Nonfiction > James Ford Rhodes > History of the Civil War, 1861–1865 > Page 433
James Ford Rhodes (1848–1927).  History of the Civil War, 1861–1865  1917.
Page 433
that all stores which could not be removed should be destroyed. It is probable that the fires lighted in pursuance of this order spread to shops and houses and it is certain that in the early morning of April 3 a mob of both colors and both sexes set fire to buildings and “began to plunder the city.” Ewell said in his report that by daylight the riot was subdued and Jones wrote that at seven o’clock in the morning men went to the liquor shops in execution of an order of the city government and commanded that the spirits be poured into the streets. The gutters ran with liquor from which pitchers and buckets were filled by black and white women and boys. By seven o’clock also the evacuation of Richmond by the Confederates was completed.  16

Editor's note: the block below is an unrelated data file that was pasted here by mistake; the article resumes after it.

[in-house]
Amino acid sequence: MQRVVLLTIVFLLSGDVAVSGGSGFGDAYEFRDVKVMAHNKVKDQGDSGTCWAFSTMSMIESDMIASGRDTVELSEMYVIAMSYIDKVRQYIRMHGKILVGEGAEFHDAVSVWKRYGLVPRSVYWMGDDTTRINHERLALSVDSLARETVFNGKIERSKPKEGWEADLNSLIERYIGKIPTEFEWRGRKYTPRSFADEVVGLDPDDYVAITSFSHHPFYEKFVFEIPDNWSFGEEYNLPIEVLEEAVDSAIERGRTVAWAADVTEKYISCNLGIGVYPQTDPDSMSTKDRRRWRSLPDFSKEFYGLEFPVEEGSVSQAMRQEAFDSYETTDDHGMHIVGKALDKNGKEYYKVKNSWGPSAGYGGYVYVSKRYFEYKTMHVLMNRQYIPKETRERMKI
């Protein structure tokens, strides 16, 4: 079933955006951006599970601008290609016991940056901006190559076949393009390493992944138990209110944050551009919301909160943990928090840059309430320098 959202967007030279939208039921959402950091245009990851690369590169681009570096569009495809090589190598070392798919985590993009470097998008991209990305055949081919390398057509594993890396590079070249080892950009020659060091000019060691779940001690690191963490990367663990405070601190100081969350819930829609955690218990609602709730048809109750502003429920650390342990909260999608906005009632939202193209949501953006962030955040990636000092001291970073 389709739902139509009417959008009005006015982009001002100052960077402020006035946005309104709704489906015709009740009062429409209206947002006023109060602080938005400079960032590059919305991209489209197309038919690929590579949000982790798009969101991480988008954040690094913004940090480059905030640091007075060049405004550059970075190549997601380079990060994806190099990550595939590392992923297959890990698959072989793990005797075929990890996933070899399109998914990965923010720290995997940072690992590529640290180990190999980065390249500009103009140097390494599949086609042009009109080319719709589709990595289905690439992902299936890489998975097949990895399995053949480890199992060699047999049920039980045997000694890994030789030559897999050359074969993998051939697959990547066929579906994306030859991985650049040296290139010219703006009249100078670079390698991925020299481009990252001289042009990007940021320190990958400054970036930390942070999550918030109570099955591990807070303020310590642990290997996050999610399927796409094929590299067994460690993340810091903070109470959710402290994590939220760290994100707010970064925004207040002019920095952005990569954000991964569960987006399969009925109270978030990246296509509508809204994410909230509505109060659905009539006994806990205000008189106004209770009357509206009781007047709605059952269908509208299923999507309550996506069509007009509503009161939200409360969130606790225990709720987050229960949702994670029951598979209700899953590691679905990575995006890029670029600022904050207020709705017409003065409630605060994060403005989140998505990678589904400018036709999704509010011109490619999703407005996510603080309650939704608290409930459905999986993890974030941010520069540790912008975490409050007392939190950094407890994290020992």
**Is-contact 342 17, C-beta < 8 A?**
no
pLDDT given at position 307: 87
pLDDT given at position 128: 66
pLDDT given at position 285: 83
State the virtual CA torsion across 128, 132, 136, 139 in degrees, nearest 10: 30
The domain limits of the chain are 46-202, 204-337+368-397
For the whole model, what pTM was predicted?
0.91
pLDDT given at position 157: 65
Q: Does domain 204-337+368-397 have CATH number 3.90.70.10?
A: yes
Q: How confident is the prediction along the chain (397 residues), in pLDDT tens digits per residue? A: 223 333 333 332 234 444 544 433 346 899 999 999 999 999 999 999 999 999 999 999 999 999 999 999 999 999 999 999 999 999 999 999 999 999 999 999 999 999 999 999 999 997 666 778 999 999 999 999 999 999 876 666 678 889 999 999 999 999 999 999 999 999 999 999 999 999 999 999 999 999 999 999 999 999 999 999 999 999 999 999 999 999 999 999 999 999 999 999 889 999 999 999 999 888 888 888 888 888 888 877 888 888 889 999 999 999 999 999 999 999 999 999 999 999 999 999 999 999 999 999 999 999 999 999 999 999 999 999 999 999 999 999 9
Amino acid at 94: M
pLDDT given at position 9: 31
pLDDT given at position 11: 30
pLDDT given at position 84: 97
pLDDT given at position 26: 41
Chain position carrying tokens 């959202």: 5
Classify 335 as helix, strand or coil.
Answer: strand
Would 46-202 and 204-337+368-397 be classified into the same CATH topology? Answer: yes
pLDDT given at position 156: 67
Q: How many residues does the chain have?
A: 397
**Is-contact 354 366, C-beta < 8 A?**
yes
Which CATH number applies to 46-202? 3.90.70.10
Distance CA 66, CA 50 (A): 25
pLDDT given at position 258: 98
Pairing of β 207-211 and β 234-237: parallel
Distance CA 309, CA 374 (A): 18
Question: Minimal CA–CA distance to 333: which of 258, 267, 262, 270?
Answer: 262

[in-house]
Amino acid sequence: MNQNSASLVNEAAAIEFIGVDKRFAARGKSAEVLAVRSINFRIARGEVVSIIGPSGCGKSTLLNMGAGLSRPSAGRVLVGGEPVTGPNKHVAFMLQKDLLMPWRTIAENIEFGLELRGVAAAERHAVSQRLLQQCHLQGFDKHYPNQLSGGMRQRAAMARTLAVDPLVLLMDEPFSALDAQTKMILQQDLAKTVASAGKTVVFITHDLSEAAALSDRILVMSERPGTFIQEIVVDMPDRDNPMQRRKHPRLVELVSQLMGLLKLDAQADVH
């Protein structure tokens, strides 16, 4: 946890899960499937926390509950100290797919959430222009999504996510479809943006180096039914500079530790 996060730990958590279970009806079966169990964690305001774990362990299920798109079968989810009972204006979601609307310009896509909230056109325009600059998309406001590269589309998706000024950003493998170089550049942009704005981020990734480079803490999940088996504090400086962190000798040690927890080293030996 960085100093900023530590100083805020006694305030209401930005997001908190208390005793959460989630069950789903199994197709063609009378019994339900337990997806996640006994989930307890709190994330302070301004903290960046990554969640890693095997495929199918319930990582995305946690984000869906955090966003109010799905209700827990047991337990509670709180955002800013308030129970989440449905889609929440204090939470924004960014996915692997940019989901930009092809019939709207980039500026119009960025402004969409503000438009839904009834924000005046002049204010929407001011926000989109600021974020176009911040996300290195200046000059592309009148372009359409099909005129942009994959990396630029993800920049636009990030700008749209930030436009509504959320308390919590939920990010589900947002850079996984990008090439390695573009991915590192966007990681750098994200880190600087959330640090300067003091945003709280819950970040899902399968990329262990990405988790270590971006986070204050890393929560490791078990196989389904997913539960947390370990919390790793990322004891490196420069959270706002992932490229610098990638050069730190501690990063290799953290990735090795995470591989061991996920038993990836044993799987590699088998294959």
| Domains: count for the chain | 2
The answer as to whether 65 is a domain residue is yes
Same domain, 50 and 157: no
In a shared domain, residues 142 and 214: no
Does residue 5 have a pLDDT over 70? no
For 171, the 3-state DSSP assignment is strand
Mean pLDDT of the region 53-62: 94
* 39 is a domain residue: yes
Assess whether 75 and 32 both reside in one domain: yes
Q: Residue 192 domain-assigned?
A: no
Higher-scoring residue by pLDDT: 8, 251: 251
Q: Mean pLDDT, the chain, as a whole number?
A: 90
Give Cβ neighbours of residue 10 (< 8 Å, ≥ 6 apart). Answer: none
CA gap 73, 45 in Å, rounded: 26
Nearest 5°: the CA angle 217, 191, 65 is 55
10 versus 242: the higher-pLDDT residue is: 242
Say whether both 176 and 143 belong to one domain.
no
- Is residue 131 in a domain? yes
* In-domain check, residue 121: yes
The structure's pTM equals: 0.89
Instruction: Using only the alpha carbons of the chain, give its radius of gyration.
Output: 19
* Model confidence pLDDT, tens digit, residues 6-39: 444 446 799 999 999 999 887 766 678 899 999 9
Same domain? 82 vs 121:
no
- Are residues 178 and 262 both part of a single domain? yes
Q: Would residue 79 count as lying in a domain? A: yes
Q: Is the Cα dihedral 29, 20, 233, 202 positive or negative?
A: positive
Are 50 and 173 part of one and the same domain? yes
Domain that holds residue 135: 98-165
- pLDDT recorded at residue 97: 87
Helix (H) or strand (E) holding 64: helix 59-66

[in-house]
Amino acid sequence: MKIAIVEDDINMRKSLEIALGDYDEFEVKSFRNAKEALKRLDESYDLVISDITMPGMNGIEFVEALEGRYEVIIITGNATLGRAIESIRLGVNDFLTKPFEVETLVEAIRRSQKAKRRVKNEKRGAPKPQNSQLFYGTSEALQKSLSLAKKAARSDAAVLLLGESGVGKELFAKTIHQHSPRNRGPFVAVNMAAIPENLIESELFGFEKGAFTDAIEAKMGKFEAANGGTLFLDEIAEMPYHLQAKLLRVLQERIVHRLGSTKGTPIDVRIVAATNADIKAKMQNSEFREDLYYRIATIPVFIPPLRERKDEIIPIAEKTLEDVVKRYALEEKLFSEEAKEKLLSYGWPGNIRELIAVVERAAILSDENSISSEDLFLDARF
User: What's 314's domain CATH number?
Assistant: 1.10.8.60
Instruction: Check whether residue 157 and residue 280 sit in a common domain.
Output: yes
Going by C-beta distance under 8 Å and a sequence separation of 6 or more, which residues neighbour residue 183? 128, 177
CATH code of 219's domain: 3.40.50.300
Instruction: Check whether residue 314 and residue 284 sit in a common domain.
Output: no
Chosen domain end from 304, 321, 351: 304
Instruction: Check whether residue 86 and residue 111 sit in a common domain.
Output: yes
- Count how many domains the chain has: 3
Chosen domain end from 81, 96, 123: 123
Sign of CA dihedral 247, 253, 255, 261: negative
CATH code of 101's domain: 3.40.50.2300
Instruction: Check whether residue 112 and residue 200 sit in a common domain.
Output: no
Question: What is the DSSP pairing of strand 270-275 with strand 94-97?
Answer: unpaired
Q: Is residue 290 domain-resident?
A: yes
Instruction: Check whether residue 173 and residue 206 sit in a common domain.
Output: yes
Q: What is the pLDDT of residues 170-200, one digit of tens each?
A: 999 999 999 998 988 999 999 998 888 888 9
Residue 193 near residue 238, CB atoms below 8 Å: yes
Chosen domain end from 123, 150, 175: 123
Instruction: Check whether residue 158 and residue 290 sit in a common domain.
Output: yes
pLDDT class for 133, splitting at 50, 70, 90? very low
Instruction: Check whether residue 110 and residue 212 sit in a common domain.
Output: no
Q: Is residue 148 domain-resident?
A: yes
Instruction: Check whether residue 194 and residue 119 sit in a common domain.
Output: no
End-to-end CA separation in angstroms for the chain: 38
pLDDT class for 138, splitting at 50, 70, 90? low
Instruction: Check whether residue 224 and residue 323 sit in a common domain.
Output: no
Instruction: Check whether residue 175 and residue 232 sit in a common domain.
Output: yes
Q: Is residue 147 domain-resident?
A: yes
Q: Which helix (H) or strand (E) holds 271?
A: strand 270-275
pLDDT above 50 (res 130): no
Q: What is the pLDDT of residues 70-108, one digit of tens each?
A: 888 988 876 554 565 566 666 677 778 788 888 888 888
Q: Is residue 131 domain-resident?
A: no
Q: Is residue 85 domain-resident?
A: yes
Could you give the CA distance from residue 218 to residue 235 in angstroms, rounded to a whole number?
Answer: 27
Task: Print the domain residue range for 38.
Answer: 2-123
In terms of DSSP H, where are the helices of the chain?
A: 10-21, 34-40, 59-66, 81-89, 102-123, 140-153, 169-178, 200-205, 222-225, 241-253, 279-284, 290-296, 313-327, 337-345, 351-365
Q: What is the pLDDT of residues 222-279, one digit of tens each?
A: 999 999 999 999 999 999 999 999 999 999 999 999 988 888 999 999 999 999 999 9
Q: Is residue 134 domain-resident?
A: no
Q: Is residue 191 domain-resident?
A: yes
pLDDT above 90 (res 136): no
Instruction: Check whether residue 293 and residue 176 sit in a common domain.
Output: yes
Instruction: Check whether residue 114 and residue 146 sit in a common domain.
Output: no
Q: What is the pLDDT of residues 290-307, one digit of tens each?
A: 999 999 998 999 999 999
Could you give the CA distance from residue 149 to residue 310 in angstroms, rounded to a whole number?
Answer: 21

The Union troops passed cautiously the first line of the Confederate works but as they met with no opposition, they went by the next lines at a double quick, and when the spires of the city came into view, they unfurled a national banner, and their bands striking up “Rally Round the Flag,” they sent up cheer on cheer as they marched in triumph through the streets. But they found confusion, an extensive conflagration and a reign of pillage and disorder. Their commander, Weitzel, received the surrender of Richmond at the city hall at quarter past eight, and, by two o’clock in the afternoon, they had quelled the tumult and put out the fires but not before a considerable portion of the city had been destroyed.  17
  The Union soldiers were received by the white people gratefully and by the negroes with joy. Full of meaning was the visit of President Lincoln to Richmond, which was made from City Point next day in an unostentatious and careless manner. Proper arrangements had been made for his conveyance and escort but, owing to two accidents,

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